Gallob to sign her newest mystery at Creamery opening
By Press Release
Published Thursday, October 6, 2016 10:08 am
Karen Weinant Gallob
Karen Gallob's newest book is out, just in time to poke fun at the political turmoil of an election year.
The Crawford resident will be signing "The Climbing Dog Affair" Friday, Oct. 7, during the monthly opening reception at the Creamery Arts Center in Hotchkiss. In addition to the book signing, the gallery will be featuring artists who work with watercolors and glass in all its forms. The event begins at 6 p.m.
"The Climbing Dog Affair" is the third cozy mystery in the Garrett/McCracken series.
In addition to Sheriff Garrett and Deputy McCracken, the book features Buddy, a climbing dog. Buddy actually exists, and is owned by Lee Cook at Delta Animal Health Center. "Buddy is a dedicated and vigorous tree climber who will tackle almost any tree if he thinks there is a squirrel in it," Gallob said.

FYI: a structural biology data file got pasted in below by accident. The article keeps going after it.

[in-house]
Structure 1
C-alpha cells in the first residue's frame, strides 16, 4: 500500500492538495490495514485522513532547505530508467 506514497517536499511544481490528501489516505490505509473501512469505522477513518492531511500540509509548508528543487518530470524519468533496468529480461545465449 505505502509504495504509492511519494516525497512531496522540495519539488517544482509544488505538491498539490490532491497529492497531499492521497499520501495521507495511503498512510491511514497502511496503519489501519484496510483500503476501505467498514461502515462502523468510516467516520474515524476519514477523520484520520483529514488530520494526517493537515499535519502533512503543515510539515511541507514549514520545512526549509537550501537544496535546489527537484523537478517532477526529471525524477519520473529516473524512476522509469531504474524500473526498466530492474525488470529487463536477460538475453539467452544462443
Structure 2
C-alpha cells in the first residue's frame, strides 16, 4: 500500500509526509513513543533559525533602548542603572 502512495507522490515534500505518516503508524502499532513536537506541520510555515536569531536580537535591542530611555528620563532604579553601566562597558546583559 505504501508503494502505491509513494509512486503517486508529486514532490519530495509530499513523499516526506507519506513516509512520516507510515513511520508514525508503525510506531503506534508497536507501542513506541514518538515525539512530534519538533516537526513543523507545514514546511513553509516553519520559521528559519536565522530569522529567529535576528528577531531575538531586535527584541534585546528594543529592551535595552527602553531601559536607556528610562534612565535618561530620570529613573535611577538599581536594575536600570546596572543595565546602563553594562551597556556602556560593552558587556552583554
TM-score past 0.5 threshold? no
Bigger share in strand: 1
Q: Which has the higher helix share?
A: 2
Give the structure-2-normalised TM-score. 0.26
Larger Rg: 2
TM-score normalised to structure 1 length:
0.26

In "The Climbing Dog Affair," the sheriff and his deputy are investigating a hit-and-run accident. Sheriff Garrett fears that incident is a harbinger of more trouble to come. The book takes place in Croissant, which is the site of a hostile political campaign. Ronald Gump, Billy Ray Clenting and Bennie Senderson all seem to be looking for trouble in a fierce campaign for county commissioner. Garrett worries. Strange things happen in Croissant [a place which some have said resembles Crawford]. After all, this is the town where the cow dog lives, the one who climbs trees.
Karen Weinant Gallob is a Crawford rancher who is also an author of science fiction novels. She will have on hand the four volumes in her science fiction series, "After the End: The Sumbally Fallacy," as well as the first two books in the Garrett/McCracken series, "All the Bad Stuff Comes in Threes" and "Baby Skulls and Fowl Odors."
Gallob taught anthropology at Metropolitan State College in Denver and has published articles, reviews, stories and poetry. Her cozy mystery, "Baby Skulls and Fowl Odors," was a finalist in the 2015 Eric Hoffer award competition, and her poem, "Aspen," was a finalist in the Colorado Authors' League 2016 Writing competition.